Guest post by Jonathan Lawrence, Associate Vice President of Pinpoint Capital Advisors
Over the course of 2020, major US wireless tower owners have been advancing their data center strategies. In what appears to be somewhat of a “learn-as-we-go” approach, tower companies have begun investing in the data center market, specifically edge data centers. It is interesting to consider the attractiveness of the edge market to tower owners. In doing so it is important to understand what is meant by “edge computing.”
Like all critical infrastructure, data centers—facilities holding servers that store and process digital information, or data—are typically located where needed most. Traditionally locations were in relatively close proximity to hubs of government, financial and commercial activity that accessed technology to create and receive information. Over time, however, the geographic span of where digital information is demanded has spread wider. Data demands from households and SMEs have become much greater. The volume of transferred information has grown considerably. In addition, the nature of information or “content” has changed, with video streaming today being a huge contributor to data demands.
As demand for digital information has soared, so too has the requirement that delivery of information be quick and uninterrupted. Fast and low-latency delivery depends on the distance between where information is stored and processed, and where it is required. Matt Trifiro, Chief Marketing Officer of edge data center company Vapor IO describes it well – quality data transfer “is about the shortest path through fiber for two facilities to connect.” Data center deployment has moved from regional hubs to the “edges” of digital communications networks closer to where information is demanded. The “edge” has become increasingly important.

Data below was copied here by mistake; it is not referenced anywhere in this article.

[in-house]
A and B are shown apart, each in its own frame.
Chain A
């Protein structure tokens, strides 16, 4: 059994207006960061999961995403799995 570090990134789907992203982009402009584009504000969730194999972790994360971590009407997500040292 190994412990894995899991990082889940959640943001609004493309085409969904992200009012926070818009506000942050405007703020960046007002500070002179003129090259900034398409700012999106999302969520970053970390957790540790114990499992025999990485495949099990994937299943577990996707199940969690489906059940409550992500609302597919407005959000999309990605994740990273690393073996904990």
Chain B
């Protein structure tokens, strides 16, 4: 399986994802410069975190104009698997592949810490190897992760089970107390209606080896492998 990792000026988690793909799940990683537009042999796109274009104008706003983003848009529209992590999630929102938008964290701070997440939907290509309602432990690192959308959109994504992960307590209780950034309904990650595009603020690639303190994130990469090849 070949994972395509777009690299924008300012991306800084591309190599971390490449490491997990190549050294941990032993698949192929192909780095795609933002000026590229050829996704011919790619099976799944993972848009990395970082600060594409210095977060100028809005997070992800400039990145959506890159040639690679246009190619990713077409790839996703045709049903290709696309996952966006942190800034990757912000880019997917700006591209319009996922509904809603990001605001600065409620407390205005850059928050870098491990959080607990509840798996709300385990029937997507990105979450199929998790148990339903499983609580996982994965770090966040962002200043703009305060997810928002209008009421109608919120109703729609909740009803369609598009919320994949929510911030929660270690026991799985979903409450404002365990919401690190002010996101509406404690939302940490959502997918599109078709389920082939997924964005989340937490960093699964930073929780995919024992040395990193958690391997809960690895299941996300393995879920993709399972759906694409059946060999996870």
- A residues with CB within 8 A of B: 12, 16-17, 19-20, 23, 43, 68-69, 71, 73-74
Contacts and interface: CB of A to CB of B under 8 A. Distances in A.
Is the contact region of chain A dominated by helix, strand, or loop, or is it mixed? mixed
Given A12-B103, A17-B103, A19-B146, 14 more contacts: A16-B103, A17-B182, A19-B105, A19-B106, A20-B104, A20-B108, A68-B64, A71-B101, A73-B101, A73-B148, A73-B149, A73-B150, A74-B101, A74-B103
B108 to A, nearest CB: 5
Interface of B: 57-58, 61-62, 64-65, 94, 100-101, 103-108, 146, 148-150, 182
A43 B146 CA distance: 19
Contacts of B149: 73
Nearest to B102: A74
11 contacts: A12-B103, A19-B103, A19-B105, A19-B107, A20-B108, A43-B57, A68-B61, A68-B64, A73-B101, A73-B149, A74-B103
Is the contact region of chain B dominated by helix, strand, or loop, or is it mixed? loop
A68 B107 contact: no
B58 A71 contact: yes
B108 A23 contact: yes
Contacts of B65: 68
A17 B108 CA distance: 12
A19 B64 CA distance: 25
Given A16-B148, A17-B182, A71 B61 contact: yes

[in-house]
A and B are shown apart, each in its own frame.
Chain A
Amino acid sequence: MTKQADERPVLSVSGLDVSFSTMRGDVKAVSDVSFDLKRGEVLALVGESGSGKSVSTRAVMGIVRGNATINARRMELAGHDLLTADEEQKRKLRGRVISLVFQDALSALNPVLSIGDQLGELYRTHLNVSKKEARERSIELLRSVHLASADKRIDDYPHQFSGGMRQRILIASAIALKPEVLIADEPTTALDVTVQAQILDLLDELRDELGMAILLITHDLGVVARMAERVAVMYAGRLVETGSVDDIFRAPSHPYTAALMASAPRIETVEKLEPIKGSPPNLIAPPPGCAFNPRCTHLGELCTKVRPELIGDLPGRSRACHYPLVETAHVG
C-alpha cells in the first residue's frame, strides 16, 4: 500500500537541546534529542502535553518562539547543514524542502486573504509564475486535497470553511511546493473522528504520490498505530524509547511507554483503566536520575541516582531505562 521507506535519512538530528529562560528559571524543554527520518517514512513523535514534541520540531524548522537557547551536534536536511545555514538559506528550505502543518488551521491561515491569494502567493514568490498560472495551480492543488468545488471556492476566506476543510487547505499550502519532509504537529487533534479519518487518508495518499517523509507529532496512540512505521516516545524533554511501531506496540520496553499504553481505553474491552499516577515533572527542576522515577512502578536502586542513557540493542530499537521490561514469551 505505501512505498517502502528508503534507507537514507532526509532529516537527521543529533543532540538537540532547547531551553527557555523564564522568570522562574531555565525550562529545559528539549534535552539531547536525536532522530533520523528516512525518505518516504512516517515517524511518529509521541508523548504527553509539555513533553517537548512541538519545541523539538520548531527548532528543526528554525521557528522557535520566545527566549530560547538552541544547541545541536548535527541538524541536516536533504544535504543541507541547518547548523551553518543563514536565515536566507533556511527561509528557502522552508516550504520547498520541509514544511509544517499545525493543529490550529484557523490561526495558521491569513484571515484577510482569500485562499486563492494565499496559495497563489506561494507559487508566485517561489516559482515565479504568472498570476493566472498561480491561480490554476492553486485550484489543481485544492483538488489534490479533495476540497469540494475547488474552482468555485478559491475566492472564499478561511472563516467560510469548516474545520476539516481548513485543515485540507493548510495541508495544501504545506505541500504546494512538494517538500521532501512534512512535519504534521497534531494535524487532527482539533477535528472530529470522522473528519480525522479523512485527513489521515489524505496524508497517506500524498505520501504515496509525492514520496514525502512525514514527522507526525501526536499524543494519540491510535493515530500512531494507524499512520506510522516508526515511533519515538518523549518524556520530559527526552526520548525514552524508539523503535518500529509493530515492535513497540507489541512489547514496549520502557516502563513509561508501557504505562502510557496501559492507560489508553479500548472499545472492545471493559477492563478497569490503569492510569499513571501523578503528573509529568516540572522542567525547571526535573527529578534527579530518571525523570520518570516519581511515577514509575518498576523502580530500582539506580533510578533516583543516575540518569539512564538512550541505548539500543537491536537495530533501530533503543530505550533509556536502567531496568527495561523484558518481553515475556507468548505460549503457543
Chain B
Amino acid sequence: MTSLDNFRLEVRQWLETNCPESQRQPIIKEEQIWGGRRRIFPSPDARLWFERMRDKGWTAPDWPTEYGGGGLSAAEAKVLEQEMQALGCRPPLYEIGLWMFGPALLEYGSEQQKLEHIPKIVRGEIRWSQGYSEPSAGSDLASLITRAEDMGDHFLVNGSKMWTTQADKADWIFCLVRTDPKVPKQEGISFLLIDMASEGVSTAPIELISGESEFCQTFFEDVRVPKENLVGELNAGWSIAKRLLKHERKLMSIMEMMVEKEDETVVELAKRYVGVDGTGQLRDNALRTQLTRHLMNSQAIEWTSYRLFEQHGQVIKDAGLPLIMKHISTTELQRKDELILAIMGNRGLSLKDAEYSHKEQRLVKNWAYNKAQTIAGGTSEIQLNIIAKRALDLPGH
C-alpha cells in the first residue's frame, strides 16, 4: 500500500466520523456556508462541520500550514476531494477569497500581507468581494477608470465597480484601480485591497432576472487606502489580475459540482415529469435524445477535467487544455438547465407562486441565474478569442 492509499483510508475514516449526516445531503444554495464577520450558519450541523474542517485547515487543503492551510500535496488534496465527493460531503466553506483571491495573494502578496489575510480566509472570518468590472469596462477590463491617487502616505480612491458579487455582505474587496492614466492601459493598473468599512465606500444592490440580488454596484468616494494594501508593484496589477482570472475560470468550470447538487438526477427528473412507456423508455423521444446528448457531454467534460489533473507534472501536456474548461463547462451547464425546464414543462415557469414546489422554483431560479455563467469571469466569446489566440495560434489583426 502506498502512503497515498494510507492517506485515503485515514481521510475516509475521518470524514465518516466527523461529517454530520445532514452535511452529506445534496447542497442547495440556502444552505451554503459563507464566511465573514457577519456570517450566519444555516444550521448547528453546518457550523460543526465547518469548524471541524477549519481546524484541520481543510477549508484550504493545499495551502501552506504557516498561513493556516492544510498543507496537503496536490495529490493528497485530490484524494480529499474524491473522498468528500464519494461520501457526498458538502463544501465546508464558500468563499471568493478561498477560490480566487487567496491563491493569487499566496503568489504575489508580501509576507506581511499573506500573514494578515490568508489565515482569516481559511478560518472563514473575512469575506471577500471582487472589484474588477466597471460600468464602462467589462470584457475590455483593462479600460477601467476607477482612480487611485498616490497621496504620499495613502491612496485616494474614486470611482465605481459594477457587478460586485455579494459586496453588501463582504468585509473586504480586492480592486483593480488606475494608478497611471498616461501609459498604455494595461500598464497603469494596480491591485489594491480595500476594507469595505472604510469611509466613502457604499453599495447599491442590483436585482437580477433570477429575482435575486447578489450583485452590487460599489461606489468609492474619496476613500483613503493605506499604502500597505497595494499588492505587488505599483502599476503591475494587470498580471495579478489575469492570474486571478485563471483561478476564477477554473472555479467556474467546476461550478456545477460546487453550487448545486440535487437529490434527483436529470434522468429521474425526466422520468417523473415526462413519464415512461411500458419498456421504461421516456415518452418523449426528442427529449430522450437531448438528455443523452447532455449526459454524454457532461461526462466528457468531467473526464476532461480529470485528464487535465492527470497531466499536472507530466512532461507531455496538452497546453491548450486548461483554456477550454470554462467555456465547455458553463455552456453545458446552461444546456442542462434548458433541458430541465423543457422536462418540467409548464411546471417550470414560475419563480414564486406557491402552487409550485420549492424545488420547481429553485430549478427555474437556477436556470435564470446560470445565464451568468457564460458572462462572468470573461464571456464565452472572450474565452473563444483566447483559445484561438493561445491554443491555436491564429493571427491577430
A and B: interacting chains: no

As companies deploy modular edge data centers, identifying and securing strategic sites is vital. And here lies a driver of the convergence of the data center and towers sectors. US-based Colony Capital is perhaps the best example of a company that understands the importance of controlling strategic locations and is positioned to capitalize, and indeed advance, interconnectivity across the spectrum of communications infrastructure. Through its separate businesses, Colony Capital owns and operates wireless towers, traditional data centers, edge data centers, and fiber, and controls a vast number of strategic locations. Colony Capital’s recent investment in edge owner and operator EdgePresence through its DataBank business demonstrates that the convergence of communication infrastructure is a key feature of its strategy, with edge computing being a key component. Indeed, CEO Marc Ganzi has said he sees a “demand tsunami” coming in edge computing.
Tower companies see the tsunami approaching and with certain strategic advantages have begun making firm moves into edge computing.
Securing sites is critical in streamlining edge deployment and ensuring sites are in optimal locations. Tower companies already control large portfolios of strategically located macro tower sites and have long-established expertise and relationships to quickly analyze, identify, and secure sites. American Tower (AMT), SBA Communications (SBA), and Crown Castle (CCI) control tens of thousands of wireless tower sites across the US featuring installed power, wireless connectivity, and terrestrial connectivity through connected fiber.